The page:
This action has an extensive procedural background, including parallel federal litigation and an earlier appeal resulting in the Oregon Supreme Court's remand of the case to the trial court in 2009. The salient facts, however, are straightforward and undisputed. We begin with the facts concerning the compact and development of the Tribes' casino and then summarize the procedural background of relators' legal challenges to the casino's development and continuing operation.
The Tribes are a federally-recognized Indian tribe with headquarters in Coos Bay. Their status as a federally-recognized Indian tribe was restored in 1984 after being terminated in 1954. Oregon v. Norton, 271 F.Supp.2d 1270, 1272 (D Or 2003).
The Tribes built and operate the Three Rivers Casino & Hotel, a facility with more than 90 rooms and suites, a casino, and five restaurants, on the Hatch Tract. The Hatch Tract is a 98-acre parcel of Indian land located in Florence. Norton, 271 F.Supp.2d at 1272. The Hatch Tract lies within the former Siletz Reservation, to which the Tribes were removed in 1862, and has been held by the Tribes or its members since then. Id. at 1272-73. In 1998, the Secretary of the Interior acquired the Hatch Tract in trust for the benefit of the Tribes. Id. at 1273.
Under IGRA, tribes may engage in "class III" casino-style gaming on Indian lands if, among other things, such gaming is authorized by a tribal-state gaming compact. 25 USC § 2710(d)(1)(C). In 2002, the Tribes began negotiating a gaming compact with Governor Kitzhaber to authorize casino-style gaming, including card games (blackjack, several forms of poker, let-it-ride, mini-baccarat), various other games of chance (video lottery, keno, big 6 wheel, roulette, craps), and off-track wagering on animal racing, at a casino on the Hatch Tract.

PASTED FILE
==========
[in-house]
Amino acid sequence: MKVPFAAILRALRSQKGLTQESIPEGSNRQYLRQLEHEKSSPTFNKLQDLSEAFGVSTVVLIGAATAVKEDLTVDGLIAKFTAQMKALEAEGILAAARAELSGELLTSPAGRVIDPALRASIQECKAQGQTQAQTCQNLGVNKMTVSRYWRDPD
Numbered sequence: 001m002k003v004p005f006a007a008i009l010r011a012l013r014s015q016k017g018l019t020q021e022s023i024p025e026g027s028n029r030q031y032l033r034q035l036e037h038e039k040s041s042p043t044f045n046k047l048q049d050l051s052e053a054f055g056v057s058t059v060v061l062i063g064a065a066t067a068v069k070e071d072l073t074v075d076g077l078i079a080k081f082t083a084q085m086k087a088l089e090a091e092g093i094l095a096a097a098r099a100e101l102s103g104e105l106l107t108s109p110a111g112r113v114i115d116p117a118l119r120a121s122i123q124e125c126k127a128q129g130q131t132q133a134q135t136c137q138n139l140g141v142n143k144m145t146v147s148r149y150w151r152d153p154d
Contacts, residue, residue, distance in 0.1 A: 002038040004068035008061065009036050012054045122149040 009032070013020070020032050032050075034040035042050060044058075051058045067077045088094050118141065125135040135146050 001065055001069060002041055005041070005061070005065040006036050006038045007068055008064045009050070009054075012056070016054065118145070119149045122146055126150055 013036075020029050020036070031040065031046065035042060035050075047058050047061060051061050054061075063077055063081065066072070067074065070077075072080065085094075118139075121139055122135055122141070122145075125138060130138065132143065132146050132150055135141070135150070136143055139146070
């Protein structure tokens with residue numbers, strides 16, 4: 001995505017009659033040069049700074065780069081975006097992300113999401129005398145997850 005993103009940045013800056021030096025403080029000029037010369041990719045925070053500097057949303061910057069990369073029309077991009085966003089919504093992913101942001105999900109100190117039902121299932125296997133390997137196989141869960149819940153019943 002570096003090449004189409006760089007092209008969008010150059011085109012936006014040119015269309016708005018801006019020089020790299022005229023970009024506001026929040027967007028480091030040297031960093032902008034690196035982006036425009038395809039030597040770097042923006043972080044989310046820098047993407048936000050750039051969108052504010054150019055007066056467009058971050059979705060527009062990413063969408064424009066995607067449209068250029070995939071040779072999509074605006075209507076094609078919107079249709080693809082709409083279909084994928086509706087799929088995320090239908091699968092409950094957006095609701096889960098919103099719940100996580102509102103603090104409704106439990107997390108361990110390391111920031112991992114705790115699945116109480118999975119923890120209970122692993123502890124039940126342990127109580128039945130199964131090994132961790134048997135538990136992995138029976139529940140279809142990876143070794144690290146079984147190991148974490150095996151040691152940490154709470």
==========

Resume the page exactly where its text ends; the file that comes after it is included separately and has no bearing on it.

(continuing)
In January 2003, the state and the Tribes signed their Amended Tribal-State Compact for Regulation of Class III Gaming Between the Confederated Tribes of Coos, Lower Umpqua and Siuslaw Indians and the State of Oregon. However, IGRA prohibits any gaming on Indian lands acquired after October 17, 1988, subject to an exception for restored lands. 25 USC § 2719(b)(1)(B)(iii). Because the Secretary acquired the Hatch Tract in 1998, the compact required a final determination that the Hatch Tract was subject to the restored lands exception in IGRA. The Tribes were able to achieve that determination.
In 2002, after litigation initiated by the Tribes, the Secretary concluded that the Hatch Tract had a historical, geographical, and temporal connection to the Tribes and constituted lands restored to the Tribes under IGRA. Norton, 271 F.Supp.2d at 1274. Although the state challenged that determination in federal district court, that court affirmed the Secretary's determination in July 2003, id. at 1280, and the state did not appeal.